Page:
What Is Frozen Shoulder or Adhesive Capsulitis?
Frozen shoulder, or adhesive capsulitis, occurs when the tissue around your shoulder joint becomes tightened and inflexible.
How Did I Get Frozen Shoulder?
Often the result of rotator cuff tears, impingement syndromes and chronic shoulder dislocations, frozen shoulder is most painful at night making it almost impossible to fall asleep on the affected side. You may also feel chronic inflammation, gradual stiffening in your shoulder and severe pain that seems to last for two to nine months before diminishing especially when performing these simple daily activities:
- Brush or Washing your hair
- Putting on a coat
- Fastening a bra
- Reaching into a back pocket
- Reaching for an item on a high shelf
- Scratching the spot between your shoulder blades
If Frozen Shoulder is Untreated What Happens?
Untreated, studies have shown that people afflicted with frozen shoulder can remain symptomatic for as long as five to ten years. Being a massage therapist, I often catch these symptoms early and help my patients to manage their pain and return to a painfree quality of life. I utilize a combination of massage treatment techniques, such as muscle stripping and trigger point release, to reduce inflammation and to remove fascial restrictions around the shoulder itself; this reduces pain, increases the mobility of the affected shoulder and dramatically speeds up recovery. With the involvement of a physiotherapist, we are also able to prevent the rotator cuff and deltoid muscles from wasting away from a lack of use due to the restriction.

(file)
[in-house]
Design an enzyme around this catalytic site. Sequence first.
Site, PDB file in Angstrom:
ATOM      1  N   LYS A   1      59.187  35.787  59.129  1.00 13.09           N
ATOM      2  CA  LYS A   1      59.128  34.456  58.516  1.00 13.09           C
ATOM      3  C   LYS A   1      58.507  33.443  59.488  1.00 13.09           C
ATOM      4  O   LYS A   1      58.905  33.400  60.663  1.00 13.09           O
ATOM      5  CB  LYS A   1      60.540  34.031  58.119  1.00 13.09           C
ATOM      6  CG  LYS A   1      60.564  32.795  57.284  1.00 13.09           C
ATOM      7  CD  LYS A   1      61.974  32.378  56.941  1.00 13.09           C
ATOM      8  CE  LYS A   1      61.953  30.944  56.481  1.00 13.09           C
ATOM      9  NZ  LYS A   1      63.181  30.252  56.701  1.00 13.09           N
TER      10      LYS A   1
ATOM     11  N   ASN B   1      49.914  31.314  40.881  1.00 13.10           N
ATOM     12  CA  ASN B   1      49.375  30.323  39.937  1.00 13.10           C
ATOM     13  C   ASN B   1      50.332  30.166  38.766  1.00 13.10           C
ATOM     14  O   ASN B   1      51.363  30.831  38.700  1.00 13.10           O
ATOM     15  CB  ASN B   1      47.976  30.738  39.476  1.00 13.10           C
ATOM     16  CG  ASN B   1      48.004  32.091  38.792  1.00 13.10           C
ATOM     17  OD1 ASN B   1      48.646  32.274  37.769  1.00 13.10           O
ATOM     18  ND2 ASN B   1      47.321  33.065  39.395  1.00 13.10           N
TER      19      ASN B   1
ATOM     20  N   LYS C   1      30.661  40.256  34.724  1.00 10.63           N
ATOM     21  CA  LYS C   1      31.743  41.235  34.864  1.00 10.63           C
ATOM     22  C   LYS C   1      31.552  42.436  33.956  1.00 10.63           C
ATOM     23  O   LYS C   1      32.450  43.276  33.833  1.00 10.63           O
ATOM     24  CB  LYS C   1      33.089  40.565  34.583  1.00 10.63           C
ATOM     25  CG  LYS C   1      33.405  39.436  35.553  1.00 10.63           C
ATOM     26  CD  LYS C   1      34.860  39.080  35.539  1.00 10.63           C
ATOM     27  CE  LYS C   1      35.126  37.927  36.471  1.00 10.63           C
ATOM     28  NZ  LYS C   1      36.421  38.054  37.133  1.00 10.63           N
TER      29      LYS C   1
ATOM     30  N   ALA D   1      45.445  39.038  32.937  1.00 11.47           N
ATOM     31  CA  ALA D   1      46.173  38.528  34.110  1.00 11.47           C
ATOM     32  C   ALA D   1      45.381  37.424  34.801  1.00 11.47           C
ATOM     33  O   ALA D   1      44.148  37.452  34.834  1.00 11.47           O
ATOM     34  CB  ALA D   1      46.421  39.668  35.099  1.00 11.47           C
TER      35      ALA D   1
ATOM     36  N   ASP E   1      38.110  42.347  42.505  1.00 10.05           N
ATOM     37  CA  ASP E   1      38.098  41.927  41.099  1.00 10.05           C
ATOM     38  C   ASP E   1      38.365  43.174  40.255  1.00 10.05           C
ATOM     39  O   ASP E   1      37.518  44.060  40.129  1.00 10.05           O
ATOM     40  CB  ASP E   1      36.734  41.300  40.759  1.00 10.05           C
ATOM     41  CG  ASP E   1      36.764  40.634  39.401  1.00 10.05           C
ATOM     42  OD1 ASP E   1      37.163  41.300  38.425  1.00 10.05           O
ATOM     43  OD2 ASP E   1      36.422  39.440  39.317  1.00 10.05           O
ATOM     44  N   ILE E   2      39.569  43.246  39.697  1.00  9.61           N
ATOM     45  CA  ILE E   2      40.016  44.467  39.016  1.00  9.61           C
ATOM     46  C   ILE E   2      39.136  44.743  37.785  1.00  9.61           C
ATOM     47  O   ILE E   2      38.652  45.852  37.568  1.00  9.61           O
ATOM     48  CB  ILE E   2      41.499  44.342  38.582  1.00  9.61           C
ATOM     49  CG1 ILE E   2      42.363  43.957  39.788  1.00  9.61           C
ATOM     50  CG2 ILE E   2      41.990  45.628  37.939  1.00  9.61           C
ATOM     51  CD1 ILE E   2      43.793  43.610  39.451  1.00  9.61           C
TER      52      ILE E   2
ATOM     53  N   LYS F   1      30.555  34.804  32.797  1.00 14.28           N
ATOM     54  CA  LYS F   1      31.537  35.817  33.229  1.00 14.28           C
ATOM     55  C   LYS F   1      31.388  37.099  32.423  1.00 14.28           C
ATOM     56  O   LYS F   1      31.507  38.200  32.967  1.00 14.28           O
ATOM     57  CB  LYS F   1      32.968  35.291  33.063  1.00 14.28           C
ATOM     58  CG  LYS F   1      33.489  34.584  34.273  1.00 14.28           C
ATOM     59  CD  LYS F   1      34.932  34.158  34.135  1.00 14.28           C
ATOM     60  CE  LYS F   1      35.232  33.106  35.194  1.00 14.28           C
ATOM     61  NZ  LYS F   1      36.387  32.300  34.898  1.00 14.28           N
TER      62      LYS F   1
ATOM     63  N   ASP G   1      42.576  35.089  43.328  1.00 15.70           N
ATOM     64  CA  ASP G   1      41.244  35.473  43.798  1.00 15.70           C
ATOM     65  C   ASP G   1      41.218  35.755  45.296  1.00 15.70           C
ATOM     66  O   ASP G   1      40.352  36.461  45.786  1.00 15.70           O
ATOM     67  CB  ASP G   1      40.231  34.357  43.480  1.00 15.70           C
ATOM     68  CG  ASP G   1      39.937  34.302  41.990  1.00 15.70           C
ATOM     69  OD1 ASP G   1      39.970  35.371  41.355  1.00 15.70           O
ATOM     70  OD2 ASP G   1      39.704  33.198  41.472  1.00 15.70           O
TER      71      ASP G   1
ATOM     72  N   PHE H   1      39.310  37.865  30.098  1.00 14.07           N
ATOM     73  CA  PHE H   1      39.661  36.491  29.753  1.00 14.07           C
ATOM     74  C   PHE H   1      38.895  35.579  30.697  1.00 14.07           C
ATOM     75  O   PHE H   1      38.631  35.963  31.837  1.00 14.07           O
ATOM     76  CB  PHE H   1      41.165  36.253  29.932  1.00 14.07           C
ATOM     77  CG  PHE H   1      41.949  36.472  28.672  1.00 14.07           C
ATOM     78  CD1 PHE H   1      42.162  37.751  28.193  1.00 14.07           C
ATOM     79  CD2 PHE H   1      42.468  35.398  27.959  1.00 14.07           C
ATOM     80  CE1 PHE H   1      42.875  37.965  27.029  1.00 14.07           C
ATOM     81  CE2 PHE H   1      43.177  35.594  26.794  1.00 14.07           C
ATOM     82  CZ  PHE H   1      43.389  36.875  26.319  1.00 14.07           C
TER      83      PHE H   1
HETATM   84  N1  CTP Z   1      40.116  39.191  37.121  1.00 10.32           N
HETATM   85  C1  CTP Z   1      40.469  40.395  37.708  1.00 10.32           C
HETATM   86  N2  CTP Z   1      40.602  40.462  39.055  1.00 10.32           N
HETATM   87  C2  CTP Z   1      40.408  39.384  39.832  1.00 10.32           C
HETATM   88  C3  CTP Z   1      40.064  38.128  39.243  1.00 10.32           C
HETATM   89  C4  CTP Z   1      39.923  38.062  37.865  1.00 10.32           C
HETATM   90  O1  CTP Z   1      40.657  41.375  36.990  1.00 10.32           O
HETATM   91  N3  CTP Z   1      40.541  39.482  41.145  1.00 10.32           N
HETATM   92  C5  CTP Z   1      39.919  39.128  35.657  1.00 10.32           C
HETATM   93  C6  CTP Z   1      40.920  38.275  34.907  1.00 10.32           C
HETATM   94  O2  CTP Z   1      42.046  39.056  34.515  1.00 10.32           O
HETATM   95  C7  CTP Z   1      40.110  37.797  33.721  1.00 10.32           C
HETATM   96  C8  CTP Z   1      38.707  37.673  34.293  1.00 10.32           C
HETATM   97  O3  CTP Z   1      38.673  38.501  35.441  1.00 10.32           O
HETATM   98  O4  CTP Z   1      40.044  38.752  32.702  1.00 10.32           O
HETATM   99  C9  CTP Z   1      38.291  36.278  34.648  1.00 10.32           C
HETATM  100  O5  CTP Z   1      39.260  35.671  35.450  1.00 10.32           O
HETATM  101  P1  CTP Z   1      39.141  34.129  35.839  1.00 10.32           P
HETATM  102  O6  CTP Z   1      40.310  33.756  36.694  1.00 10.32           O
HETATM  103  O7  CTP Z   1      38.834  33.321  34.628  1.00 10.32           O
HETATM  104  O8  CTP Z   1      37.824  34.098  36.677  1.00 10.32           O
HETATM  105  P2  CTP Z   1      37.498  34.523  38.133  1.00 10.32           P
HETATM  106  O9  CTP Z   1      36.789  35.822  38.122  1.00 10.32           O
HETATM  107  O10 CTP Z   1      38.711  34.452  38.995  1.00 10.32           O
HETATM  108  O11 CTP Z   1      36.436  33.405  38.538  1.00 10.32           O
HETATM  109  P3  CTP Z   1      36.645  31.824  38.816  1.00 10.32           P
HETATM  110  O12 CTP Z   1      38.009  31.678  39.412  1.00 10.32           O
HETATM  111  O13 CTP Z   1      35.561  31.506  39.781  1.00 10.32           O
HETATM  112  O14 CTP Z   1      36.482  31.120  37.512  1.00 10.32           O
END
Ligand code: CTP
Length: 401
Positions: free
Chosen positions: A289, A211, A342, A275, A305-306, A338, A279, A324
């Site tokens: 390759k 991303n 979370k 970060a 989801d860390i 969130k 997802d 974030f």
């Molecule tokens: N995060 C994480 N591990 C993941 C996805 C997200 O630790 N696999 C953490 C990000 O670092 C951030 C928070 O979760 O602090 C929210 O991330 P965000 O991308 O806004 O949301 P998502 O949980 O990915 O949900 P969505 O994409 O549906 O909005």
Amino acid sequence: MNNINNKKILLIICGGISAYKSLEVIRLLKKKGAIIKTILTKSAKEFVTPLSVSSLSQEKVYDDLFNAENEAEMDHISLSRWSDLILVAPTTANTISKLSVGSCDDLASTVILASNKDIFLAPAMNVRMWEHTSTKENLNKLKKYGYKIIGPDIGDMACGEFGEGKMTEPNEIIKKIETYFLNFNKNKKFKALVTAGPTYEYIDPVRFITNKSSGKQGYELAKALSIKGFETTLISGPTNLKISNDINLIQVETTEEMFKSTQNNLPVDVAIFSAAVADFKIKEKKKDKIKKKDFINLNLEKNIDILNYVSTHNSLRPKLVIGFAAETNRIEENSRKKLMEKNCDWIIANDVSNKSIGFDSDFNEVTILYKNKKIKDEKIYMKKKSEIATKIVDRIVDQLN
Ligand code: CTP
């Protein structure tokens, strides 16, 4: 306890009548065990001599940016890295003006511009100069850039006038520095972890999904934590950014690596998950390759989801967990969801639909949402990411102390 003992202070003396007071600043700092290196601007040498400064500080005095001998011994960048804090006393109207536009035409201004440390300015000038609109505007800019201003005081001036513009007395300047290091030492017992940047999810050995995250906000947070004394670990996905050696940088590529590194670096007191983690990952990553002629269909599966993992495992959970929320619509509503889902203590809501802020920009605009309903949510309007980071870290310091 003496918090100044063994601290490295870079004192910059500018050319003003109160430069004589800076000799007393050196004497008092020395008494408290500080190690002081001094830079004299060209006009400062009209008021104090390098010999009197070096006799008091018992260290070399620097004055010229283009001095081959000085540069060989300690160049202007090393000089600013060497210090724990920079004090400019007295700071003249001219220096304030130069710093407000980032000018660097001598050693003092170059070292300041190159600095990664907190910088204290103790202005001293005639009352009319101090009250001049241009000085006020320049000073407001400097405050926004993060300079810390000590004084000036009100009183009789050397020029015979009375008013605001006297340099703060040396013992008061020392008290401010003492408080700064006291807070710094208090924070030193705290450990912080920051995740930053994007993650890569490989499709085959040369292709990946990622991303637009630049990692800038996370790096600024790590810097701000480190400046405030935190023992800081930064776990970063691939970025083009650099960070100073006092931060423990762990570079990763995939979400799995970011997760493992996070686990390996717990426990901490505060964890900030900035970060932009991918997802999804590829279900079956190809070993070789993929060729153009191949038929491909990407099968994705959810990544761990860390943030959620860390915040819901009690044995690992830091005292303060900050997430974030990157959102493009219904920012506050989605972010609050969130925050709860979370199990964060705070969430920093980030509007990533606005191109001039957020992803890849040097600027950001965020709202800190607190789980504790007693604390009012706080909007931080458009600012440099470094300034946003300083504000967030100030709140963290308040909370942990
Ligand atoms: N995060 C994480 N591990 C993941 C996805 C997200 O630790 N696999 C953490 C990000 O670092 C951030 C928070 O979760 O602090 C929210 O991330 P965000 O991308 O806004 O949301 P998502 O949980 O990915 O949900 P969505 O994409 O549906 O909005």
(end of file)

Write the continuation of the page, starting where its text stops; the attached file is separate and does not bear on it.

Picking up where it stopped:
If you have any of the above symptoms, please contact us at Absolute Physiocare so that we can immediately assess your condition and help you return to a painfree way of life.
Treatment for Frozen Shoulder or Adhesive Capsulitis in Burnaby BC
This blog was written by Ryan Wong registered massage therapist (RMT) at Burnaby PhysioCare.
To learn more or to make an appointment for massage and physiotherapy treatment at Absolute PhysioCare in Burnaby BC, contact us at 604-558-CARE (2273) or get in touch with us online.